Peeter Simm • Director of On the Water
“Children helped and complemented each other with surprising professionalism”
- We spoke to veteran Estonian filmmaker Peeter Simm, who presented his new coming-of-age dramedy On the Water in Tallinn
We had a chat with Peeter Simm about his latest feature, the coming-of-age dramedy On the Water [+see also:
interview: Peeter Simm
film profile], presented at Tallinn Black Nights Film Festival’s main competition. Produced by Tallinn-based studio Filmivabrik, the story is based on Olavi Ruitlane’s book of the same name and revolves around the adventures and misfortunes of a mild-mannered teen called Andres (Rasmus Ermel), growing up under the guidance of his caring grandmother (Maria Klenskaja) and his cynical grandfather (Kalju Orro) in 1982’s rural Soviet Estonia.
Cineuropa: When did you start working on the film?
Peeter Simm: I was offered the possibility to join On the Water’s team about three years ago. For me, the decision was made difficult by the lack of habitual dramaturgy and the large number of characters involved. I took some time to think about it, read both the script and the novel. We made quite significant cuts, but we agreed with the producers not to forbid improvisations during the filming phase. And then we had a deal!
How did the collaboration with Olavi Ruitlane [author of the original novel and the film’s screenwriter] go?
I have worked with authors of literary works in the past, and it is one of my principles to spare each other’s nerves. Fortunately, Olavi Ruitlane and I knew each other before and our views coincided. I know how vague a word is and how specific a picture is. At the moment, I am very glad that Olavi is satisfied with the result.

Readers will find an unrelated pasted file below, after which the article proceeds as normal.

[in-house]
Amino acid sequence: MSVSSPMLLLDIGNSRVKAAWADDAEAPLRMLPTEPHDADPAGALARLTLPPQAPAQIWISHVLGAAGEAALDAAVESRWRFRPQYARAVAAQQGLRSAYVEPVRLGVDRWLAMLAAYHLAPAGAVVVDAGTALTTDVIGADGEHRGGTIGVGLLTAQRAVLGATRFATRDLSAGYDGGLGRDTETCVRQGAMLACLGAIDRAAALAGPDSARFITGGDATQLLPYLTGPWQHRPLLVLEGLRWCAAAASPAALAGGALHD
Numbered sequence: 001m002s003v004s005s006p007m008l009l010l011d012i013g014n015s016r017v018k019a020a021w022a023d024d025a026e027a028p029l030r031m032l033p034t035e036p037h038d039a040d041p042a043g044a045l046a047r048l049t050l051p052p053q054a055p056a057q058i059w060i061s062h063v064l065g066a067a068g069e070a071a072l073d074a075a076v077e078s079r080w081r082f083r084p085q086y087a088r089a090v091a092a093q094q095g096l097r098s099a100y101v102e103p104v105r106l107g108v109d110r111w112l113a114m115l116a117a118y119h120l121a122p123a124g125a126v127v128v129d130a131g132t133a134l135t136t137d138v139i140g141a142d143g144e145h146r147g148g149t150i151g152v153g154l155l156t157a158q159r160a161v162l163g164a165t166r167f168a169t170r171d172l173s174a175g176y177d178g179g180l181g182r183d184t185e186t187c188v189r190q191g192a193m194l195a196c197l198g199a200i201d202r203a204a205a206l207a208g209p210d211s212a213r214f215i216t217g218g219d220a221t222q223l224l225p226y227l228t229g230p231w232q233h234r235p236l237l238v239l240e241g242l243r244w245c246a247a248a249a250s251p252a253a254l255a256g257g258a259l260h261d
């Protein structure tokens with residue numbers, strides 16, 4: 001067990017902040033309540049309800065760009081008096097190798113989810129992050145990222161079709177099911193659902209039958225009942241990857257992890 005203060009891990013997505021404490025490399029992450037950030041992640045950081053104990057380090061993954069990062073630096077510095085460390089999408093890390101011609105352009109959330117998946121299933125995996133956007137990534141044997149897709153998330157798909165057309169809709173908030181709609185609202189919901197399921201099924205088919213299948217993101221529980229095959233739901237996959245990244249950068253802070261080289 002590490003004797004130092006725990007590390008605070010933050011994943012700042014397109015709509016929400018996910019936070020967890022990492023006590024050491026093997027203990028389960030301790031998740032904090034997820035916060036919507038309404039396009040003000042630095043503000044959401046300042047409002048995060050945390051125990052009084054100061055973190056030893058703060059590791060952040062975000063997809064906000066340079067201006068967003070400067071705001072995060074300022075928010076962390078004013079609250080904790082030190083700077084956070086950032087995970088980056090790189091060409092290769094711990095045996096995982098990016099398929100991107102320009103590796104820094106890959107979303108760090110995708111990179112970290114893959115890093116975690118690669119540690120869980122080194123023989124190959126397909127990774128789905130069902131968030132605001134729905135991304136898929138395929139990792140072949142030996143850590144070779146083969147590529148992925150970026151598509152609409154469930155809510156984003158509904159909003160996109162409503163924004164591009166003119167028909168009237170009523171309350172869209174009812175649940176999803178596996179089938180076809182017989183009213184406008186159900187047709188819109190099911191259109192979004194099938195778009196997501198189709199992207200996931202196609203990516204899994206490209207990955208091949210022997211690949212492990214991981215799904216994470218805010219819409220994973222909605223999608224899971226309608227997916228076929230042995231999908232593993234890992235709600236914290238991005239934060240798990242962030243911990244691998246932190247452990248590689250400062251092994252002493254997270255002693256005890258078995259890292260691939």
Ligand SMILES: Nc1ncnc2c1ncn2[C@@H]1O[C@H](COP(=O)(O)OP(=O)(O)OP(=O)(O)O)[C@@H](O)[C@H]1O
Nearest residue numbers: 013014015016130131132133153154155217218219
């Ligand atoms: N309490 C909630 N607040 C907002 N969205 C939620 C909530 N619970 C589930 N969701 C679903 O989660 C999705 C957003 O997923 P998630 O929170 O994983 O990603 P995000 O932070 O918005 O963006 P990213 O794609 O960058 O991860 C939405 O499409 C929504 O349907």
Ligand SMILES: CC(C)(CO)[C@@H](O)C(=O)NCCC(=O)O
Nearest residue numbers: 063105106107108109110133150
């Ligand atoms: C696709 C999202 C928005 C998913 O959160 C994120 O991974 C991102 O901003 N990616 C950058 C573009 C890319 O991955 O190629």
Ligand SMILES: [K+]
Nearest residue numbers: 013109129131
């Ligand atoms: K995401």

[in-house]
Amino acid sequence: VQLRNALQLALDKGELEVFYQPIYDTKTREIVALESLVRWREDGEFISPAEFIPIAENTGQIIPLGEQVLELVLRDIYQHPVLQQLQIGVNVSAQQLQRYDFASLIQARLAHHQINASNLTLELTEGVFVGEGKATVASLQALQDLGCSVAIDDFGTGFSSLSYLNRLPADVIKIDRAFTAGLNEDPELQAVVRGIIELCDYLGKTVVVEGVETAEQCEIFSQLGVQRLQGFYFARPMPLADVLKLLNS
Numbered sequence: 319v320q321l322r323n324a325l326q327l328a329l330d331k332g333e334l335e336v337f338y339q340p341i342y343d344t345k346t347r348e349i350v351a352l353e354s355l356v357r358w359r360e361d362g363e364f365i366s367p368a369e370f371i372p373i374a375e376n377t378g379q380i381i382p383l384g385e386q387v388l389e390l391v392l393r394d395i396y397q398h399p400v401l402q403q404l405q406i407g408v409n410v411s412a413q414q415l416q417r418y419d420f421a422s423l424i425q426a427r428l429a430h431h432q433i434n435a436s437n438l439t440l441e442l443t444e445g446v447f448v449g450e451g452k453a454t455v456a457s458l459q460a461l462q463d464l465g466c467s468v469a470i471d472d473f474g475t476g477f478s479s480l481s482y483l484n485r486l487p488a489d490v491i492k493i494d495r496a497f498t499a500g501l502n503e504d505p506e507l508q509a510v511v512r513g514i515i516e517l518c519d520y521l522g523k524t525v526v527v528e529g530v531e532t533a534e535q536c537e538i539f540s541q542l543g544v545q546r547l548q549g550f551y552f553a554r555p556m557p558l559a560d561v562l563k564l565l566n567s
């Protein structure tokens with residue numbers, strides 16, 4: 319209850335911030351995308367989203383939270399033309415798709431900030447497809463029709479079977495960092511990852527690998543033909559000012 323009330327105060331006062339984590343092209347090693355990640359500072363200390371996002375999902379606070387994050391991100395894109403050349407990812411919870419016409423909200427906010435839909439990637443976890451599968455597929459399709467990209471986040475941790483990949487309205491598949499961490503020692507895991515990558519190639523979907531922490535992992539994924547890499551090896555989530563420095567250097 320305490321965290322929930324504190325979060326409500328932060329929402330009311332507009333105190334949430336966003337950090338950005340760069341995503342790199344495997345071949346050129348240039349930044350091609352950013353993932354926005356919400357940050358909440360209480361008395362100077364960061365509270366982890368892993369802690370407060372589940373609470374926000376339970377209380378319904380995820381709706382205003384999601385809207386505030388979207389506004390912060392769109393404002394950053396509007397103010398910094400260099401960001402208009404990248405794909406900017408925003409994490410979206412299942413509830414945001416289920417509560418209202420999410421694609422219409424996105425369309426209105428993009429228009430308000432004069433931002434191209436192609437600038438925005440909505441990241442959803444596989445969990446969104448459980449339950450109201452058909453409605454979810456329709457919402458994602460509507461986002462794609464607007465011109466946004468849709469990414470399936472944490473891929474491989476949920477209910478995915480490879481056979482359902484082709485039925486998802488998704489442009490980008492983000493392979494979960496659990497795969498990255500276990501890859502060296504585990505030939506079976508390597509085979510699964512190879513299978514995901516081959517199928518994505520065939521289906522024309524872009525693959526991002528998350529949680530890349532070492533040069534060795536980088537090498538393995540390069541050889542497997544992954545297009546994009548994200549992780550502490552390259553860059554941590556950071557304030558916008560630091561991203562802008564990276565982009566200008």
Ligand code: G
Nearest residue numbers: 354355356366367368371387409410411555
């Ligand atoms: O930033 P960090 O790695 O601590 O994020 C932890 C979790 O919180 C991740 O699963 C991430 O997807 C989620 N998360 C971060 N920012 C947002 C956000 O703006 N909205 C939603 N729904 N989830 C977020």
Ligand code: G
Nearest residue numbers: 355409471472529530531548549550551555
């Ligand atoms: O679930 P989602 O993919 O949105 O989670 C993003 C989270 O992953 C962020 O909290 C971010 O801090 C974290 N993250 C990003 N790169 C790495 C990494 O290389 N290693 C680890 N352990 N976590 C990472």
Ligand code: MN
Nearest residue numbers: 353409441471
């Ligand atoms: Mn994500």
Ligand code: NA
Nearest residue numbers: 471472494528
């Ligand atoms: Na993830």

How did you cast the young lead, Rasmus Ermel?
The start of filming was delayed by more than a year. In hindsight, it was useful for the film. We found interesting shots and polished the story. We found the main location where, after removing a parked car, the year 1982 was pretty much present. In the middle of the yard was a large raised ship. We had no idea that this place was only a few hundred meters from the former residence of Ruitlane. So there were all of the prerequisites needed for the materialisation of his memories. Speaking about the cast… Unfortunately, our initially chosen child actor grew out of age, and so he ended up playing the role of the antagonist, Peter. While watching the videos of the old casting, we noticed a boy who had seemed too small for us a year and a half ago. It was Rasmus Ermel.
It’s often difficult to effectively direct children on set, but you did a great job here. How did you work with Rasmus Ermel and Aurora Künnapas [the actress playing Ermel’s first crush] on set?
In films, children are either very good or very bad. Therefore, the most important thing for me was that the children had to follow only one main task throughout the scene, so that they could enrich it with coherent personal reactions. It was lucky that both Rasmus and Aurora were from families of artists and had both been on stage a few times already. Rasmus did not want to hear anything about the film at first because he thought that the whole text, like in theatre, should be memorised at once. I must say that both children helped and complemented each other with surprising professionalism.
What type of cinema inspired you?
I was encouraged by youth films that Estonians like, and these often have romantic backgrounds. I was comforted by the fact that the main characters do not necessarily have to be heroes or experience a predetermined destiny, while defying or encountering death or triumph. I imagined that we were filming a road movie where the course on the topographic axis had to be replaced by the course of time.
Any new film endeavours in sight?
Together with the same team, we are planning to make a film about a lost nation, namely the Baltic Germans who lived next to our ancestors in Estonia for centuries. In this case, the basis is indeed theatrical material. It has been maturing in our heads for some time and now we’re realising that maybe it doesn’t necessarily have to be starkly tragic — it could even be mildly comical!
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